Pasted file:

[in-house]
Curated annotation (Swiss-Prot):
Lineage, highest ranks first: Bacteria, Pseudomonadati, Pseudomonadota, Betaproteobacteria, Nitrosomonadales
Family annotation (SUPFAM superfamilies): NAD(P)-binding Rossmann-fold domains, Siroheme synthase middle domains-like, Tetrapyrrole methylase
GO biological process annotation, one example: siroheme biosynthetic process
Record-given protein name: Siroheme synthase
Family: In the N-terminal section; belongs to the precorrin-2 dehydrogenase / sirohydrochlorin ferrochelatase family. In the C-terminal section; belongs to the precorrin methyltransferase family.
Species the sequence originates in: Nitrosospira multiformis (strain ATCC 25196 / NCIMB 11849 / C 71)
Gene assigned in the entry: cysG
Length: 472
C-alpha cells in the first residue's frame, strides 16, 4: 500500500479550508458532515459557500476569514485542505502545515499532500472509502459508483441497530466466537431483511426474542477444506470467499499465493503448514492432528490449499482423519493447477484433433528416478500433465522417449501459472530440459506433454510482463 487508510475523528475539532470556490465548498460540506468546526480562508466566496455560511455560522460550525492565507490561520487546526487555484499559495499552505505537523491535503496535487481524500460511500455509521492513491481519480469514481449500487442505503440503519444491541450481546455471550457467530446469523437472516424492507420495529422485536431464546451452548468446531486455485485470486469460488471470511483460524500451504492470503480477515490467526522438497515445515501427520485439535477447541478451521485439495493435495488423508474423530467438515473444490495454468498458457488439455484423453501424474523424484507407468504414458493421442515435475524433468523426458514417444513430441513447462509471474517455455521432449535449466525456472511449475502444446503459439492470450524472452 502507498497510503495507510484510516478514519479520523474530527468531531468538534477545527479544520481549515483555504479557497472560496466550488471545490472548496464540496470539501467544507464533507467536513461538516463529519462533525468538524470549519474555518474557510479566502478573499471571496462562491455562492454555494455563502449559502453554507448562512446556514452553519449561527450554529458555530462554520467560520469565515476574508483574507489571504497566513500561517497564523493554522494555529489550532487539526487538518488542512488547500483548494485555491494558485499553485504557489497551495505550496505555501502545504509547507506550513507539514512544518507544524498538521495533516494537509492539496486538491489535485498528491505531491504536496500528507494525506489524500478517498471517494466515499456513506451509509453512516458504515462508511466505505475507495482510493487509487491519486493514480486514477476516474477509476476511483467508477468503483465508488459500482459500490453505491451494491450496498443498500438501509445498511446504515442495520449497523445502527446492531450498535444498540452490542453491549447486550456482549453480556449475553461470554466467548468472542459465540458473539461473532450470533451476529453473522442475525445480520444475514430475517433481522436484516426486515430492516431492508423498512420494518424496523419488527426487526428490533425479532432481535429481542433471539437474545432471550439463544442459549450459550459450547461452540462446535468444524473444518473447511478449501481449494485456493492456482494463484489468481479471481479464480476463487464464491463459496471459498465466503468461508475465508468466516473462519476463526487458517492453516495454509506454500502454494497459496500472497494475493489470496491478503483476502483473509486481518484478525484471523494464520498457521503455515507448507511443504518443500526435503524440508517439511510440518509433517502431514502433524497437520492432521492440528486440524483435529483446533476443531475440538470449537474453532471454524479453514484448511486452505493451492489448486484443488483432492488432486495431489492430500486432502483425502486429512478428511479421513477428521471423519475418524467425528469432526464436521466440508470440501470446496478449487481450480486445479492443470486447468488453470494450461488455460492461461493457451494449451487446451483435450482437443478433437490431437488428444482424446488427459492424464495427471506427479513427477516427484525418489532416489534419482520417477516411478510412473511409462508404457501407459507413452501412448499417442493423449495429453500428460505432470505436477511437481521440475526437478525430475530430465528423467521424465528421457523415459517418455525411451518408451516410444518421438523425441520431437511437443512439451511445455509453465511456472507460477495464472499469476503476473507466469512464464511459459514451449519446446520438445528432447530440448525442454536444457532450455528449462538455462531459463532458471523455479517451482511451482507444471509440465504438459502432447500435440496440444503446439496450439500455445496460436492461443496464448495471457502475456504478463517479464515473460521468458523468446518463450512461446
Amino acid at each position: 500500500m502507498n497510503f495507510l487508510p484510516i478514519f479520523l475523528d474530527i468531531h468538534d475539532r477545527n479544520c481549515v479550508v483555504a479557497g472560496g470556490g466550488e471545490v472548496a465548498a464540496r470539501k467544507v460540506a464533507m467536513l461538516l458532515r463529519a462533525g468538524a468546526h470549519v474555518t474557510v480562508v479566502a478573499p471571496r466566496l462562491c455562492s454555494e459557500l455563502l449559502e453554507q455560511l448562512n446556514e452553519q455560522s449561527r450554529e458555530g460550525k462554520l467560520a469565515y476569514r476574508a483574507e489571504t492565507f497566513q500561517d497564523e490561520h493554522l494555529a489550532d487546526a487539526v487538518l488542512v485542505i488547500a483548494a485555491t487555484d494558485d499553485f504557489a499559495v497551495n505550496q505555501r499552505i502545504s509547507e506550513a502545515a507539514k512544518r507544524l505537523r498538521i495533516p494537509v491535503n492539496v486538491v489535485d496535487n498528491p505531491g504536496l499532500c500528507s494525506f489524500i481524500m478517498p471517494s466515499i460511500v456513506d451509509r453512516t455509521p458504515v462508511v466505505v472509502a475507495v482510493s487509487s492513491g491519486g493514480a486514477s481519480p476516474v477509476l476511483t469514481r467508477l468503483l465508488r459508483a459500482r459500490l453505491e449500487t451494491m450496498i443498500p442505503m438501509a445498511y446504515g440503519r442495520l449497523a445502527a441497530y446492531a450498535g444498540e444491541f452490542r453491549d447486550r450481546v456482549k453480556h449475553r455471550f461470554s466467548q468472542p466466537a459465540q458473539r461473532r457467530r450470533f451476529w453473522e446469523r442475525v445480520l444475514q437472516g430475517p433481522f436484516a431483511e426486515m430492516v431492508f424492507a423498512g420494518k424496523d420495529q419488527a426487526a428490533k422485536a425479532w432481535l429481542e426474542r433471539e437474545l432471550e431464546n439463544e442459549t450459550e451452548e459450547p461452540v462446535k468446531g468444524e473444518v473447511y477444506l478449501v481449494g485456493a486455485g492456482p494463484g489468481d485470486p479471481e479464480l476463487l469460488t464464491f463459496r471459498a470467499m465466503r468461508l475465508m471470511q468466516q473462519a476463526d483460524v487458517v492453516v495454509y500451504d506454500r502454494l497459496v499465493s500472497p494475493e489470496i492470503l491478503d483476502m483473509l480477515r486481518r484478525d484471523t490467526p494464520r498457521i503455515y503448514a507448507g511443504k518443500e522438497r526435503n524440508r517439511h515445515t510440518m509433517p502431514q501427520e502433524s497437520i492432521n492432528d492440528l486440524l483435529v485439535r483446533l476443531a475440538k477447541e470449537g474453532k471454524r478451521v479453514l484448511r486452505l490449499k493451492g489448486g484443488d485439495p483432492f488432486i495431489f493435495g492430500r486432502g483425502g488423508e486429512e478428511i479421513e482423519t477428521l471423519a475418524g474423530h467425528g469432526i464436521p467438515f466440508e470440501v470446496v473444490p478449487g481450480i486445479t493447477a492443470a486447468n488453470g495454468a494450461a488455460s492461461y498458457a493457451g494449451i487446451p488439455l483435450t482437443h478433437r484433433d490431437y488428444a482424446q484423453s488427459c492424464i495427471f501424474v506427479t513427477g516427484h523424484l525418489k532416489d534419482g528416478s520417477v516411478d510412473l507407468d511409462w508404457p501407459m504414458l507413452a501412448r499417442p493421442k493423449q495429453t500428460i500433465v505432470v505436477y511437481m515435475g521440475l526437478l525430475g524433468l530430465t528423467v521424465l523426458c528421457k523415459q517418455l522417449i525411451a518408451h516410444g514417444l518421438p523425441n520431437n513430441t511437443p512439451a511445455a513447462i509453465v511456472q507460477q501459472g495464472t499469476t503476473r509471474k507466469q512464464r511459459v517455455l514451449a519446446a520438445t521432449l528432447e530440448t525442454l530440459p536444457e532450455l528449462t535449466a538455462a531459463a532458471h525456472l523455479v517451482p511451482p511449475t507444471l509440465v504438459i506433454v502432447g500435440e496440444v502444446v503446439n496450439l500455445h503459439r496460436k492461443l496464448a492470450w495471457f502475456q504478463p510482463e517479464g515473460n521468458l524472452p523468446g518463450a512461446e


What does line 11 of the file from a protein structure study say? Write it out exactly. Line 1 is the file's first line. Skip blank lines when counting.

C-alpha cells in the first residue's frame, strides 16, 4: 500500500479550508458532515459557500476569514485542505502545515499532500472509502459508483441497530466466537431483511426474542477444506470467499499465493503448514492432528490449499482423519493447477484433433528416478500433465522417449501459472530440459506433454510482463 487508510475523528475539532470556490465548498460540506468546526480562508466566496455560511455560522460550525492565507490561520487546526487555484499559495499552505505537523491535503496535487481524500460511500455509521492513491481519480469514481449500487442505503440503519444491541450481546455471550457467530446469523437472516424492507420495529422485536431464546451452548468446531486455485485470486469460488471470511483460524500451504492470503480477515490467526522438497515445515501427520485439535477447541478451521485439495493435495488423508474423530467438515473444490495454468498458457488439455484423453501424474523424484507407468504414458493421442515435475524433468523426458514417444513430441513447462509471474517455455521432449535449466525456472511449475502444446503459439492470450524472452 502507498497510503495507510484510516478514519479520523474530527468531531468538534477545527479544520481549515483555504479557497472560496466550488471545490472548496464540496470539501467544507464533507467536513461538516463529519462533525468538524470549519474555518474557510479566502478573499471571496462562491455562492454555494455563502449559502453554507448562512446556514452553519449561527450554529458555530462554520467560520469565515476574508483574507489571504497566513500561517497564523493554522494555529489550532487539526487538518488542512488547500483548494485555491494558485499553485504557489497551495505550496505555501502545504509547507506550513507539514512544518507544524498538521495533516494537509492539496486538491489535485498528491505531491504536496500528507494525506489524500478517498471517494466515499456513506451509509453512516458504515462508511466505505475507495482510493487509487491519486493514480486514477476516474477509476476511483467508477468503483465508488459500482459500490453505491451494491450496498443498500438501509445498511446504515442495520449497523445502527446492531450498535444498540452490542453491549447486550456482549453480556449475553461470554466467548468472542459465540458473539461473532450470533451476529453473522442475525445480520444475514430475517433481522436484516426486515430492516431492508423498512420494518424496523419488527426487526428490533425479532432481535429481542433471539437474545432471550439463544442459549450459550459450547461452540462446535468444524473444518473447511478449501481449494485456493492456482494463484489468481479471481479464480476463487464464491463459496471459498465466503468461508475465508468466516473462519476463526487458517492453516495454509506454500502454494497459496500472497494475493489470496491478503483476502483473509486481518484478525484471523494464520498457521503455515507448507511443504518443500526435503524440508517439511510440518509433517502431514502433524497437520492432521492440528486440524483435529483446533476443531475440538470449537474453532471454524479453514484448511486452505493451492489448486484443488483432492488432486495431489492430500486432502483425502486429512478428511479421513477428521471423519475418524467425528469432526464436521466440508470440501470446496478449487481450480486445479492443470486447468488453470494450461488455460492461461493457451494449451487446451483435450482437443478433437490431437488428444482424446488427459492424464495427471506427479513427477516427484525418489532416489534419482520417477516411478510412473511409462508404457501407459507413452501412448499417442493423449495429453500428460505432470505436477511437481521440475526437478525430475530430465528423467521424465528421457523415459517418455525411451518408451516410444518421438523425441520431437511437443512439451511445455509453465511456472507460477495464472499469476503476473507466469512464464511459459514451449519446446520438445528432447530440448525442454536444457532450455528449462538455462531459463532458471523455479517451482511451482507444471509440465504438459502432447500435440496440444503446439496450439500455445496460436492461443496464448495471457502475456504478463517479464515473460521468458523468446518463450512461446